Matthew McConaughey stars in Dallas Buyers Club
as real-life Texas cowboy Ron Woodroof, whose free-wheeling life was overturned in 1985 when he was diagnosed as HIV-positive and given 30 days to live. These were the early days of the AIDS epidemic, and the U.S. was divided over how to combat the virus. Ron, now shunned and ostracized by many of his old friends, and bereft of government-approved effective medicines, decided to take matters in his own hands, tracking down alternative treatments from all over the world by means both legal and illegal. Bypassing the establishment, the entrepreneurial Woodroof joined forces with an unlikely band of renegades and outcasts - who he once would have shunned - and established a hugely successful "buyers club." Their shared struggle for dignity and acceptance is a uniquely American story of the transformative power of resilience.
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Set in the mid-eighties during the heyday of the AIDS crisis, Dallas Buyers Club
stars Matthew McConaughey (Killer Joe
) as Ron Woodroof, a rough-and-tumble Texas electrician/amateur rodeo cowboy who, thanks to his sexual promiscuity, finds himself coming up HIV positive. By the time he is diagnosed, he is on the verge of full-blown AIDS and given 30 days to live. He hears about the experimental drug AZT and asks his doctor, Dr. Eve Saks (Jennifer Garner from Butter
), if he can participate. He is told that he does not qualify for the study, so he finds a connection within the hospital to steal the drug and sell it to him. The AZT makes him even sicker, so he does a little research and hooks up with a Mexican connection that supplies him with an alternative treatment which consists of a combination of non-FDA approved supplements and proteins. His new treatment regime works wonders for him and he seems to make a miraculous recovery. With the help of a fellow AIDS patient, a cross-dressing homosexual named Rayon (Requiem for a Dream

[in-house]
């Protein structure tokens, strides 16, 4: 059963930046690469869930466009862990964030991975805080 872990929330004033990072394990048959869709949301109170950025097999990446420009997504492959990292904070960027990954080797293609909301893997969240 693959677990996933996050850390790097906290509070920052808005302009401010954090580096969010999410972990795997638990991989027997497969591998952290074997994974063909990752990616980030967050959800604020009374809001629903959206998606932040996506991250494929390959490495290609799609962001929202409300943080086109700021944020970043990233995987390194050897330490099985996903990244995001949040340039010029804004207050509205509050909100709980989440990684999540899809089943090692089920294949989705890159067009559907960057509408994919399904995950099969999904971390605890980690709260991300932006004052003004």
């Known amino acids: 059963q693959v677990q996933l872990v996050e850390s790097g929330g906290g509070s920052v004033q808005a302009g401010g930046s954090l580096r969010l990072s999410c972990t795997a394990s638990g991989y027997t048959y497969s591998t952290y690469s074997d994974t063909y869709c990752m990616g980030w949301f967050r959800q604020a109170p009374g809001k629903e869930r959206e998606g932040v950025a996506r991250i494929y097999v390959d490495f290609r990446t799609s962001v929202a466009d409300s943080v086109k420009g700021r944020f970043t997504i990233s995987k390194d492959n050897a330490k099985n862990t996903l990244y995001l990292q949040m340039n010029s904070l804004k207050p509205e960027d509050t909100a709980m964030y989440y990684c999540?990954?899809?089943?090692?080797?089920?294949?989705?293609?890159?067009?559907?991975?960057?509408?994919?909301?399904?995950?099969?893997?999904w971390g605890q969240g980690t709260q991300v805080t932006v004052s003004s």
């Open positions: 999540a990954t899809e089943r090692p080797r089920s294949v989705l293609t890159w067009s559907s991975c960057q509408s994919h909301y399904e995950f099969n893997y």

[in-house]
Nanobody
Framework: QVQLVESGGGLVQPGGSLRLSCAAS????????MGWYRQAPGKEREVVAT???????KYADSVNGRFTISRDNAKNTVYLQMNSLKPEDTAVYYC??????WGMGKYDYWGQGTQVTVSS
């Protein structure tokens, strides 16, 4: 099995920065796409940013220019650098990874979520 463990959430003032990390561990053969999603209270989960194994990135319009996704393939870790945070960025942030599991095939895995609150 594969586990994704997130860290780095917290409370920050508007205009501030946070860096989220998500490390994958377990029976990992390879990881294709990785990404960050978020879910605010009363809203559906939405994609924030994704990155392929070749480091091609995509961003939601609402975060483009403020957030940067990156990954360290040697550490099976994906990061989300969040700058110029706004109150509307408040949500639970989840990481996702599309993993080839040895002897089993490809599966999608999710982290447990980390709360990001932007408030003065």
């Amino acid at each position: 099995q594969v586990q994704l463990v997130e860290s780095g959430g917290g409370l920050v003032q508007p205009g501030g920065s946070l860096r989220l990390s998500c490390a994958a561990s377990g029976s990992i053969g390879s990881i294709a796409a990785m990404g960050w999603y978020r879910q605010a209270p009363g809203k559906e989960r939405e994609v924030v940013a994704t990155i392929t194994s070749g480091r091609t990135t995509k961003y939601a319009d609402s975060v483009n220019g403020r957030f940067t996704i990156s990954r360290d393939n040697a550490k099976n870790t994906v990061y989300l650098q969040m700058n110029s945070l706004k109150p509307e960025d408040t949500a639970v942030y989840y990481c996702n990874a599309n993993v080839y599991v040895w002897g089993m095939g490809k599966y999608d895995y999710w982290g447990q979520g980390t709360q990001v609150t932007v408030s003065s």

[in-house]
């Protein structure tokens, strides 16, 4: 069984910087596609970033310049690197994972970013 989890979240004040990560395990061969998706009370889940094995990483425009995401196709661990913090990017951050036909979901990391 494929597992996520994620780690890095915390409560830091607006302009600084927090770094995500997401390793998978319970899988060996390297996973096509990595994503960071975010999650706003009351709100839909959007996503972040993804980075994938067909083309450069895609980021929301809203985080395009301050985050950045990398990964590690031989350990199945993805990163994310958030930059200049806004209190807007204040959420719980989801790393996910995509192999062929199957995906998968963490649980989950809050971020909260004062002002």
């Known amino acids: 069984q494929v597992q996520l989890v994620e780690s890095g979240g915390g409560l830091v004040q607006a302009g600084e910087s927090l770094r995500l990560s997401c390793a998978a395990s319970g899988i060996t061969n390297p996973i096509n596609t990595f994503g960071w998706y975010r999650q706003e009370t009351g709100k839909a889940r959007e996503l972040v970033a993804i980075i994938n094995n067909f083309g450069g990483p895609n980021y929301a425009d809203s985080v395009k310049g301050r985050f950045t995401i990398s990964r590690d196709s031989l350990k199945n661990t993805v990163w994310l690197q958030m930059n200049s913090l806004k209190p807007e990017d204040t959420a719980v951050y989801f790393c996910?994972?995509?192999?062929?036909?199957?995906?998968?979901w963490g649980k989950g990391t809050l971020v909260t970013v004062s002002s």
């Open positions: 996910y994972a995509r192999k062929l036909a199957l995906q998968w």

's Jared Leto), he smuggles his treatment ingredients into America and distributes them to other needy patients, using the loophole that he is selling "subscriptions," and giving the drugs away to his subscribers. The new business, which they call the Dallas Buyers Club, attracts the attention of the FDA, the DEA, and the major pharmaceutical companies, all of which want to shut it down, while Ron and Rayon just want to provide an effective treatment to their patients.
Like a good chunk of the movies that are coming out of Hollywood these days, Dallas Buyers Club
is based on real events. The screenplay, written by Melisa Wallack (Mirror Mirror
) and Craig Borten (The 33
), seems to follow the real Ron Woodroof's story of smuggling and selling black market AIDS medications pretty closely, with some dramatic flair thrown in. Director Jean-Marc Vallee (The Young Victoria
) takes a very gritty, unflinching approach to the story. There is more than a touch of cinematic flair in the film, thanks to the creative cinematography of Yves Belanger (Laurence Anyways
) and some skillful montage editing by Vallee, but at the heart of the film is the struggle of the main character. The journey of Ron Woodroof through the stages of grief is what drives the film and, as unlikeable as he is in the beginning, the audience ends up rooting for him once he finds his calling. Dallas Buyers Club
is an emotional film, but not in a sappy way. It's a warts-and-all kind of movie, like Trainspotting
or Boogie Nights
; the hipster's version of Jonathan Demme's Philadelphia
Dallas Buyers Club
is a lot of different movies in one. With the amount of time that the characters spend in hospitals, it's a medical drama. Given Ron's illegal activities, it's a crime drama. Ron's head-on battle with the corporate powers-that-be turns it into an underdog legal thriller. The relationship between Ron and Rayon makes it an unlikely buddy film. There's even a hint of doomed romantic intrigue in the friendship between Ron and Dr. Eve. The different angles and interpretations do not mean that the film lacks focus; on the contrary, Jean-Marc Vallee knows exactly what he wants to say, and he says it perfectly. Dallas Buyers Club
is just able to communicate its point on many different levels.
Matthew McConaughey's performance in Dallas Buyers Club
is uncanny. The actor put himself through a Christian Bale-like (The Machinist
) body transformation for the role of Ron Woodroof, losing weight until he appears to be skin and bones; this does not look like the same McConaughey over which audiences fawned in Magic Mike
. However, it's more than a gaunt face, silly haircut, and Village People-esque mustache that makes McConaughey's performance so memorable. He absolutely nails the part of a he-man macho stud who suddenly finds himself infected with a "homosexual" disease. McConaughey works the arc of the character to perfection, going from pompous, arrogant jerk to sensitive, honest hero, and he does it all believably.
Then there is Jared Leto. The role of Rayon is an important one in the film, and Leto throws himself completely into it. It's a risky role, and Leto shows guts in taking it, but he also proves that he has the talent and commitment to pull it off. Like McConaughey, Leto undergoes a chameleon-like transformation, and not just in the costuming and makeup department. Rayon is the perfect effeminate foil to Ron's testosterone-fueled dude, and Leto plays it amazingly well. He and McConaughey are two extremes who share a common bond, and they both light up the screen in Dallas Buyers Club